It is, however, possible to negotiate a multilateral advanced pricing arrangement on the basis of the application of the relevant provision (typically Article 9) on tax treaties entered into by Malta.

Rulings are subject to automatic exchange of information within the EU.

7.5 Documentation

There are currently no specific requirements for a company in Malta to draw up or maintain contemporaneous documentation for transfer pricing (however, see Planning Point in Section 7.1).

However, Malta has enacted legislation to implement the provisions of Directive 2016/881/EU (DAC4) (amending Directive 2011/16/EU (DAC)) on Country-by-Country (“CbC”) reporting and exchange of CbC reports within the EU. The Directive is based on the Final Report on Action 13 of the OECD/G20 BEPS Project and has been extended to exchange such information also with non-EU jurisdictions.

Malta imposes annual CbC reporting requirements on multinational enterprise (MNE) groups with consolidated turnover of at least 750 million euros in the preceding fiscal year. If the ultimate parent entity is tax-resident in Malta, it is required to file an annual CbC report with the Maltese tax authorities no later than nine months after the end of the fiscal year of the MNE group. Subject to an exception set out below, an MNE group company that is not the ultimate parent company, but is tax-resident in Malta, is required by the Directive to submit the CbC report where:

  • the ultimate parent company is not subject to a similar CbC reporting requirement in its jurisdiction of residence;
  • the jurisdiction in which the ultimate parent company is resident does not have in effect a qualifying competent authority agreement with Malta for the automatic exchange of CbC reports; or
  • there has been a systemic failure by the jurisdiction of tax residence of the ultimate parent company to provide the CbC reports in its possession, and the tax authorities of Malta have provided notification of that failure to the resident group company.

If there is more than one group company tax resident in the EU, the MNE group can select the company that is to administer the CbC report. The appointment of a group company must be notified to the tax authorities of its country of residence, and notice given that filing is on behalf of all the members of the group resident in the EU.

Even though one of the above conditions applies, a group company tax resident in an EU member state is not required by the Directive to file a CbC report if the MNE group submits the report through a surrogate parent company (i.e., an entity that files the CbC report on behalf of the MNE group as a sole substitute for the ultimate parent company) to the tax authority where the surrogate is resident. Where the surrogate parent company is tax resident outside the EU, the following conditions also need to be satisfied:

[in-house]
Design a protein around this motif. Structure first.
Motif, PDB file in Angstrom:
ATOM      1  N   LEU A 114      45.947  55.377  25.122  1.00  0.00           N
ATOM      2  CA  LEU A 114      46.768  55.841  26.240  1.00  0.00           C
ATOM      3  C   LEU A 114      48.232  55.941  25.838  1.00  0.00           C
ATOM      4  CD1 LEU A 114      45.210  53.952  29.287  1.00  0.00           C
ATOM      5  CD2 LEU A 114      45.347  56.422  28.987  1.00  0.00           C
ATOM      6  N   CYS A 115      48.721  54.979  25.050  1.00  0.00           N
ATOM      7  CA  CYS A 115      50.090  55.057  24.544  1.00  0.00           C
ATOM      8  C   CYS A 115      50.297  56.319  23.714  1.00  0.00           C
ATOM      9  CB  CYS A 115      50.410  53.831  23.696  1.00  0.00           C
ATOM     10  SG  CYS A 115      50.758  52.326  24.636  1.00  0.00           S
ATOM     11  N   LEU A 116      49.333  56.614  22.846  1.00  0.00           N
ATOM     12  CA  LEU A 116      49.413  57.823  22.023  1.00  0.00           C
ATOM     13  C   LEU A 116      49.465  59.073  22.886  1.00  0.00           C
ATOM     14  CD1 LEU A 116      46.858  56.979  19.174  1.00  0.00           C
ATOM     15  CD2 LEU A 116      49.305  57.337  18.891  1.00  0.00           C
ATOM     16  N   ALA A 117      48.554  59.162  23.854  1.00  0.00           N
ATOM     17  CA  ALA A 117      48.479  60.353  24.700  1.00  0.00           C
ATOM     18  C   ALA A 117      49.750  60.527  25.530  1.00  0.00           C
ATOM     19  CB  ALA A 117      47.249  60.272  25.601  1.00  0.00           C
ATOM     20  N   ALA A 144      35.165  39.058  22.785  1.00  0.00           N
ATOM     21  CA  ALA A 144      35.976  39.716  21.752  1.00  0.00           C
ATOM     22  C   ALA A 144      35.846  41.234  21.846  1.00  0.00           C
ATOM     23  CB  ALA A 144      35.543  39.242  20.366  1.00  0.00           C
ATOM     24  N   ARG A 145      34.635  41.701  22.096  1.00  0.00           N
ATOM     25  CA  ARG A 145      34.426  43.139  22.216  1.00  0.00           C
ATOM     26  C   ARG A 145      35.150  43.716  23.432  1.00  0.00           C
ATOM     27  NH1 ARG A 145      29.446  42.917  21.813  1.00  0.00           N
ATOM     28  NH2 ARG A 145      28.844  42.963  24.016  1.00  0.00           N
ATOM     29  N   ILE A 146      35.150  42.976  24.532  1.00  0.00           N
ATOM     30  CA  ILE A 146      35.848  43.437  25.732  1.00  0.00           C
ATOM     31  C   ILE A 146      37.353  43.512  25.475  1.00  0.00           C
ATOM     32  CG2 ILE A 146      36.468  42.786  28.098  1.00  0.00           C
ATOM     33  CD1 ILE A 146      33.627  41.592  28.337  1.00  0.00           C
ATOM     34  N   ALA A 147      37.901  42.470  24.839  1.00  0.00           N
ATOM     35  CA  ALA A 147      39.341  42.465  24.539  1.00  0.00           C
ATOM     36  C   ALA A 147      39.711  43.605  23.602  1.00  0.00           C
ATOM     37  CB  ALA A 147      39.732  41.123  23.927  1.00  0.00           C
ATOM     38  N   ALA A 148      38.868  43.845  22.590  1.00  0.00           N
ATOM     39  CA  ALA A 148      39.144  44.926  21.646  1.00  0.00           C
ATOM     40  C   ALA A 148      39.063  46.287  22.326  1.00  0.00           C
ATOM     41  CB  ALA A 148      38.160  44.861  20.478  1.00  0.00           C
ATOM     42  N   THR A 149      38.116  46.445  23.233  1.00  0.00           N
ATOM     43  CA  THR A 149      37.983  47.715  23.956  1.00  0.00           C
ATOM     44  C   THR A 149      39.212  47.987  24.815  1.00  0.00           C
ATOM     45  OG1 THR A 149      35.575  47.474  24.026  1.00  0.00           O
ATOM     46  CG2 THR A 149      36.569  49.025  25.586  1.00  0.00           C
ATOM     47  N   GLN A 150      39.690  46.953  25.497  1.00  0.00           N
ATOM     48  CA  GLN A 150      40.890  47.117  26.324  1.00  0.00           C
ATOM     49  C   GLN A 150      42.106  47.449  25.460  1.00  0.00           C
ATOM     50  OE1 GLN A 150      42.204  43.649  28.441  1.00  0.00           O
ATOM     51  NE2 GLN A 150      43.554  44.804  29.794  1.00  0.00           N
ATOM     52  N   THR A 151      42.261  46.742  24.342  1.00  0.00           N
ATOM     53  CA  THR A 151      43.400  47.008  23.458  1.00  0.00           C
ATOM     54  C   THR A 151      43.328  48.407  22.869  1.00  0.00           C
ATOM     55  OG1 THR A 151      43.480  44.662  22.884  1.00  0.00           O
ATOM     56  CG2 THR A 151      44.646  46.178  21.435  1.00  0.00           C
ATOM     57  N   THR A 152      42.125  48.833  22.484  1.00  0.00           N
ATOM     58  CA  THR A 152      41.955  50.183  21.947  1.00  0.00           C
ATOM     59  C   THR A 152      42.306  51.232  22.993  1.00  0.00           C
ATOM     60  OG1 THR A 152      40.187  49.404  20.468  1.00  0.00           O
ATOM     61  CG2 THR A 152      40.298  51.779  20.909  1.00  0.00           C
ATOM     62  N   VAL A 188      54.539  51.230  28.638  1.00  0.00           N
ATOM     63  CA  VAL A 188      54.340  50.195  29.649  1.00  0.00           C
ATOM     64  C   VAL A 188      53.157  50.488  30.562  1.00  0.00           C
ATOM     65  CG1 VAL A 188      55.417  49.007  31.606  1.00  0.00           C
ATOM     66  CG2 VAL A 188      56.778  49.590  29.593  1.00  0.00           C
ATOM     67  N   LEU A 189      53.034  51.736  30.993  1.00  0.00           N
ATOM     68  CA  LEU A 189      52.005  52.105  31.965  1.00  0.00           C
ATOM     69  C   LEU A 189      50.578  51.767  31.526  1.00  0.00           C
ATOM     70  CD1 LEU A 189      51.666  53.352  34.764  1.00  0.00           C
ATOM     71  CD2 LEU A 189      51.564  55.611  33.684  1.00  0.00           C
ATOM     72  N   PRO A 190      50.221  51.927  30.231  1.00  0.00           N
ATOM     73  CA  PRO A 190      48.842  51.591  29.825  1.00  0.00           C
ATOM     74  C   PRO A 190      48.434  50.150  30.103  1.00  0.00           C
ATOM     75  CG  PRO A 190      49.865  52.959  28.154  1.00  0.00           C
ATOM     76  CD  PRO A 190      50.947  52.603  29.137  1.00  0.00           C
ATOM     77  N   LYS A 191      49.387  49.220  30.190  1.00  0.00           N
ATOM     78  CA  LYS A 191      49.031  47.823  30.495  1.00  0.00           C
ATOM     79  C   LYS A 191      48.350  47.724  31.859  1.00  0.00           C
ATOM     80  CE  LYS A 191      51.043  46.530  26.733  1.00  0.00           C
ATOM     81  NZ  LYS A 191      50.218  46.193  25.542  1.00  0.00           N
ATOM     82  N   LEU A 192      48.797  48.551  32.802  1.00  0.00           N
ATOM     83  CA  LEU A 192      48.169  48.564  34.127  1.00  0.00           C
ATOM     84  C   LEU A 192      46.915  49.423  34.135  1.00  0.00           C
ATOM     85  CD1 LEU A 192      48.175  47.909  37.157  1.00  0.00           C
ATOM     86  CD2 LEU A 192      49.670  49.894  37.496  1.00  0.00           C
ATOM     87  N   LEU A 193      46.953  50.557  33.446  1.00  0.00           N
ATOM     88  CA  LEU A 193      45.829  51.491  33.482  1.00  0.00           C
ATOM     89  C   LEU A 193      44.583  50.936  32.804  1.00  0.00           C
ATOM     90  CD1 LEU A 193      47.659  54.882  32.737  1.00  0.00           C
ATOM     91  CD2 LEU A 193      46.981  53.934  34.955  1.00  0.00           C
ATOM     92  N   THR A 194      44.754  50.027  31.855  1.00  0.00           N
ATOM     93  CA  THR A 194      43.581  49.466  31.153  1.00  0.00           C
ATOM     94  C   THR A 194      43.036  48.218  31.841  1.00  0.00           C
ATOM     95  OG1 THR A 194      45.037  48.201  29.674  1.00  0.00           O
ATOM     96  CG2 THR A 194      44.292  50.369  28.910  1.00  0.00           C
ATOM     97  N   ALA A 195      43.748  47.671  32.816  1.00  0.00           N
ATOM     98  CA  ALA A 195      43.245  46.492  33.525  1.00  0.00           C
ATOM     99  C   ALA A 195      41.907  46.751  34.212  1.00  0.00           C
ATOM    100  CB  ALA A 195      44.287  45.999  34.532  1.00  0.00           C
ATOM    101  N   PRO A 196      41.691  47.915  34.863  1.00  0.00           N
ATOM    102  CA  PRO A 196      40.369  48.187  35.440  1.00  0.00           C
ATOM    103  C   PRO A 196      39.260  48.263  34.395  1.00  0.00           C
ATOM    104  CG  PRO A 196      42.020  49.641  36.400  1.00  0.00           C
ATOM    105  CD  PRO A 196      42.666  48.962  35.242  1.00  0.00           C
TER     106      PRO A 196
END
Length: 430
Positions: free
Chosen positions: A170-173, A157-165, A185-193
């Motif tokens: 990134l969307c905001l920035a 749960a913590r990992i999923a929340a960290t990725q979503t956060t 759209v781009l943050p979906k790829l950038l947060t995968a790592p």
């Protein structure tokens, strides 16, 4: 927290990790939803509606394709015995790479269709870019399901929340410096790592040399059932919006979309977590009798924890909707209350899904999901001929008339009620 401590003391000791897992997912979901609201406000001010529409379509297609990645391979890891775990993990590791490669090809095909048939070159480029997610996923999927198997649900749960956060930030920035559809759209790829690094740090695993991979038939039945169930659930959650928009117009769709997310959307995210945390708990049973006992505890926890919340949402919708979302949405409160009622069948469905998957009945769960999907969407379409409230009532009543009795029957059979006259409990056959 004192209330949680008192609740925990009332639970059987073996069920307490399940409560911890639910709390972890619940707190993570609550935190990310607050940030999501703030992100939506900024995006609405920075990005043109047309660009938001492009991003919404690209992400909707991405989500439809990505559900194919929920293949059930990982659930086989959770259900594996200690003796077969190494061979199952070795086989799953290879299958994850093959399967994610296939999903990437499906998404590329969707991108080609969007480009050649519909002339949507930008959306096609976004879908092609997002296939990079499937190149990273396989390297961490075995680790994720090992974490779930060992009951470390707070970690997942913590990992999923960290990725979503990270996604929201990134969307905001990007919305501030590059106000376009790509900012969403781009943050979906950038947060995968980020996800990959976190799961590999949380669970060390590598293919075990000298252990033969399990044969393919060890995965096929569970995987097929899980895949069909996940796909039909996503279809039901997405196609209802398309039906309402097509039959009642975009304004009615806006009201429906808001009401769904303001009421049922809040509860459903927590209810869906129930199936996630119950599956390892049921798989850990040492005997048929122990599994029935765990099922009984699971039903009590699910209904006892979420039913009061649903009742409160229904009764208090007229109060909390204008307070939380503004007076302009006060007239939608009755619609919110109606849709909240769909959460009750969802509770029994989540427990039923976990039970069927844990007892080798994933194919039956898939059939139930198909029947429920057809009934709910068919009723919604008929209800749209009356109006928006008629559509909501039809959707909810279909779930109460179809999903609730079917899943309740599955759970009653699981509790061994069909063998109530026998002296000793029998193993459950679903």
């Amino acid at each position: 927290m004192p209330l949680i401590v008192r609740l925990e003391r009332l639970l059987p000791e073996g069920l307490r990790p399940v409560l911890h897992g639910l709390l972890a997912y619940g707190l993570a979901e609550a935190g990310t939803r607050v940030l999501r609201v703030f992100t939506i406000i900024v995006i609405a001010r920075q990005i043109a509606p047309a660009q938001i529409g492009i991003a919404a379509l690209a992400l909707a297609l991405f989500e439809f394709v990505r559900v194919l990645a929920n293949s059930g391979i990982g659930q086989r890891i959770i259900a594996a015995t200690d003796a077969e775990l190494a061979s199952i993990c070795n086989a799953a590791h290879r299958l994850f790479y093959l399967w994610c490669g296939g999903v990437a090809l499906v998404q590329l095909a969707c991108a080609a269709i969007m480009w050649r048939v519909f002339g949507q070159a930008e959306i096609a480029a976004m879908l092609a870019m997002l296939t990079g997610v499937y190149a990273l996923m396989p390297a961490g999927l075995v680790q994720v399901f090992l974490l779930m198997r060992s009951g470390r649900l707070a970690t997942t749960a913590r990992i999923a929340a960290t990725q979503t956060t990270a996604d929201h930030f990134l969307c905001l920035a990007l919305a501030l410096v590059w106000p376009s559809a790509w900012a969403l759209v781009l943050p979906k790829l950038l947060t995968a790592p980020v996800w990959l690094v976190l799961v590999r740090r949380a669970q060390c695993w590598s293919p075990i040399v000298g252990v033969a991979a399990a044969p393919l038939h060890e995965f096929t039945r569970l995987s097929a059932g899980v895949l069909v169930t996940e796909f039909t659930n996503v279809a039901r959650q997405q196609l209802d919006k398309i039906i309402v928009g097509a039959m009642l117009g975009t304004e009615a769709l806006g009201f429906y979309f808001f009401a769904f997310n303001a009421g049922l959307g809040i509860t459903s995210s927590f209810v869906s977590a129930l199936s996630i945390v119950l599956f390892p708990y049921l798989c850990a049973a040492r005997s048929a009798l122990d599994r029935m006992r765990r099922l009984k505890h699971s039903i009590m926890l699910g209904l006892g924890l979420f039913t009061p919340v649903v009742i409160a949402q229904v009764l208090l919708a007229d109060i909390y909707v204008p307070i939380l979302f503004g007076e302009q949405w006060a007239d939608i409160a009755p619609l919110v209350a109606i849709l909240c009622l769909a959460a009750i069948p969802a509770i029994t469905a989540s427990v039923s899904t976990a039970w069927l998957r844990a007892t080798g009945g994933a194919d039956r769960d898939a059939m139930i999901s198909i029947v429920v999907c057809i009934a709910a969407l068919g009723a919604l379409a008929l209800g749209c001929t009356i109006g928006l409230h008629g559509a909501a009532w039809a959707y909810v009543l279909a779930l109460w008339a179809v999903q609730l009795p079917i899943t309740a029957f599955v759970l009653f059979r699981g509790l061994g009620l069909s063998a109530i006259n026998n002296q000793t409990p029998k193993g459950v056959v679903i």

• the jurisdiction where the surrogate parent company is tax resident requires CbC reporting;
  • the jurisdiction where the surrogate parent company is tax resident has an exchange of information agreement covering the automatic exchange of CbC reports in effect with Malta;
  • the jurisdiction where the surrogate parent company is tax resident has not notified Malta of a systemic failure;
  • the jurisdiction where the surrogate parent company is tax resident has received notification that the company is a surrogate parent company; and
  • the group company has notified Malta of (i) the identity of the company required to submit a CbC report, and (ii) its country of tax residence.

The CbC report for an MNE group must contain the following information, on an aggregate basis, for each jurisdiction in which the MNE group operates:

  • revenue — related-party revenue, unrelated-party revenue and total revenue;
  • profit or loss before income tax;
  • income tax paid (on a cash basis) and income tax accrued for the current year;
  • number of employees;
  • stated capital;
  • accumulated earnings; and
  • value of tangible assets other than cash or cash equivalents, as well as cash.

Each constituent entity within the group carrying on a business, or tax-resident in a particular tax jurisdiction must be identified, together with the nature of the main business activities engaged in by each entity and, where different from the jurisdiction of tax residence, the jurisdiction under whose laws a constituent entity is organized.

The tax authorities of Malta receiving the CbC report must automatically exchange it with any other member state in which the MNE has operations within 15 months of the end of the period to which it relates (extended to 18 months for the first period only). Exchange is made electronically.

Malta has provided penalties for infringement of CbC reporting requirements.

Malta is a signatory to the Multilateral Competent Authority Agreement on the Automatic Exchange of CbC Reports, facilitating implementation of the transfer pricing reporting standards developed under Action 13 of the OECD/G20 BEPS Project.